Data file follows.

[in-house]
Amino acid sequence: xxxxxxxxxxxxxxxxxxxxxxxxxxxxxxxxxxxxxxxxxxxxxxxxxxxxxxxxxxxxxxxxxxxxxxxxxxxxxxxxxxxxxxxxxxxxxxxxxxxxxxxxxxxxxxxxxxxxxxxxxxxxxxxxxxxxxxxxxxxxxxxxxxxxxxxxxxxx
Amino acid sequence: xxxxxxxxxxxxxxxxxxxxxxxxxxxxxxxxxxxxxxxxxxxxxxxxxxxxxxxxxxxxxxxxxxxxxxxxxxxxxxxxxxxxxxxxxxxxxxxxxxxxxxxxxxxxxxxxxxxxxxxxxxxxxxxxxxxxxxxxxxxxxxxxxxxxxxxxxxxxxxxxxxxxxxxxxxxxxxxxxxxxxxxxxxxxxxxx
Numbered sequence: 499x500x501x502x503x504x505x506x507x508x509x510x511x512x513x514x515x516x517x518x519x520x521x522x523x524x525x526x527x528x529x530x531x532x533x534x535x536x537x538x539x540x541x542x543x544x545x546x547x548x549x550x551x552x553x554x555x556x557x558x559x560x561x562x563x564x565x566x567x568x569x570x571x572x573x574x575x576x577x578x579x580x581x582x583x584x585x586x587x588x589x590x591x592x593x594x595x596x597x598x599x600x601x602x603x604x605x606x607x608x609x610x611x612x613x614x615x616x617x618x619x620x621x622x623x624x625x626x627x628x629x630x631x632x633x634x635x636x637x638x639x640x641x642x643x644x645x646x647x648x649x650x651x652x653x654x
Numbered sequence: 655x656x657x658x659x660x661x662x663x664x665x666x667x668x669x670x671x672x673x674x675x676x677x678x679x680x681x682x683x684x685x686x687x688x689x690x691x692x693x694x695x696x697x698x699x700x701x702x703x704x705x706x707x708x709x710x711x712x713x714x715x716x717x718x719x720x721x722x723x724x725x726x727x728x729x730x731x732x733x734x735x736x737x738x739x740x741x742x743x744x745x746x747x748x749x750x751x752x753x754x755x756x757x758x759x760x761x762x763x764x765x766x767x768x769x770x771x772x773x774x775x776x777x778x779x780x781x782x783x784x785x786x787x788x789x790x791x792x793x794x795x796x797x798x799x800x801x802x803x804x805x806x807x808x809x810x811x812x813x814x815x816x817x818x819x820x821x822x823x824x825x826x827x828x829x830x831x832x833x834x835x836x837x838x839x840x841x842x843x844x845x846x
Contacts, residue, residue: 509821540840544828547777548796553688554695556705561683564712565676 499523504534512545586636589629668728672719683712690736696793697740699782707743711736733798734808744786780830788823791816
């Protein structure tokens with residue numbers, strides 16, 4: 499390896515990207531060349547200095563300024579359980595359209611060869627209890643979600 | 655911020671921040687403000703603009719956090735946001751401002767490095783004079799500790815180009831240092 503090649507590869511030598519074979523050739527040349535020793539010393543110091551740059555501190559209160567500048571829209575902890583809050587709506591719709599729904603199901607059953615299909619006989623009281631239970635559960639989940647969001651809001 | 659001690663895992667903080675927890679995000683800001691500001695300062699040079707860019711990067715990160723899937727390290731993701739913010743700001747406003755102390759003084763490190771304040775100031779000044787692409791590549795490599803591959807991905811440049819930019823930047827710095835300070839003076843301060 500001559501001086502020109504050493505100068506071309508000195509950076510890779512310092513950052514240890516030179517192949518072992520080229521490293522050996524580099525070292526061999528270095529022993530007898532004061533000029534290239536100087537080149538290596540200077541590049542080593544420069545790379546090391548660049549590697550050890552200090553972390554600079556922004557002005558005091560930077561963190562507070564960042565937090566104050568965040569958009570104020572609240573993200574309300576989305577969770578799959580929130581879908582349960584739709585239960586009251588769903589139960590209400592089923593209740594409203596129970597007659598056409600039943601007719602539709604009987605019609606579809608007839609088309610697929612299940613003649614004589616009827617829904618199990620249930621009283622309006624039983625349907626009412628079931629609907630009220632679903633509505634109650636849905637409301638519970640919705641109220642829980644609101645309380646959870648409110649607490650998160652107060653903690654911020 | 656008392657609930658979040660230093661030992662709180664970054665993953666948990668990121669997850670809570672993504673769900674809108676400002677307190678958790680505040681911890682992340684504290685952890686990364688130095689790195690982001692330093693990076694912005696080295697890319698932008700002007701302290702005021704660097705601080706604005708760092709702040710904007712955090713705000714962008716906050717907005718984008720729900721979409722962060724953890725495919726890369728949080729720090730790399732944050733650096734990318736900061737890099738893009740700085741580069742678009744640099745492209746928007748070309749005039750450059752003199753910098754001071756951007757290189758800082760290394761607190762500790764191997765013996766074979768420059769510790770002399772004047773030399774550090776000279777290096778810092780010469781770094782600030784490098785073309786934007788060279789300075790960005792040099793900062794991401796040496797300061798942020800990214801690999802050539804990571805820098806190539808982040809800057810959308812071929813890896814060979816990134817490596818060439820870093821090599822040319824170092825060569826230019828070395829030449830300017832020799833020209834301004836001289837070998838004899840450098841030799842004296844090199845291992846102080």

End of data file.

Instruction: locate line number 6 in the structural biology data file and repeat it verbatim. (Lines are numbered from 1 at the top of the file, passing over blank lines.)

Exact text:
Contacts, residue, residue: 509821540840544828547777548796553688554695556705561683564712565676 499523504534512545586636589629668728672719683712690736696793697740699782707743711736733798734808744786780830788823791816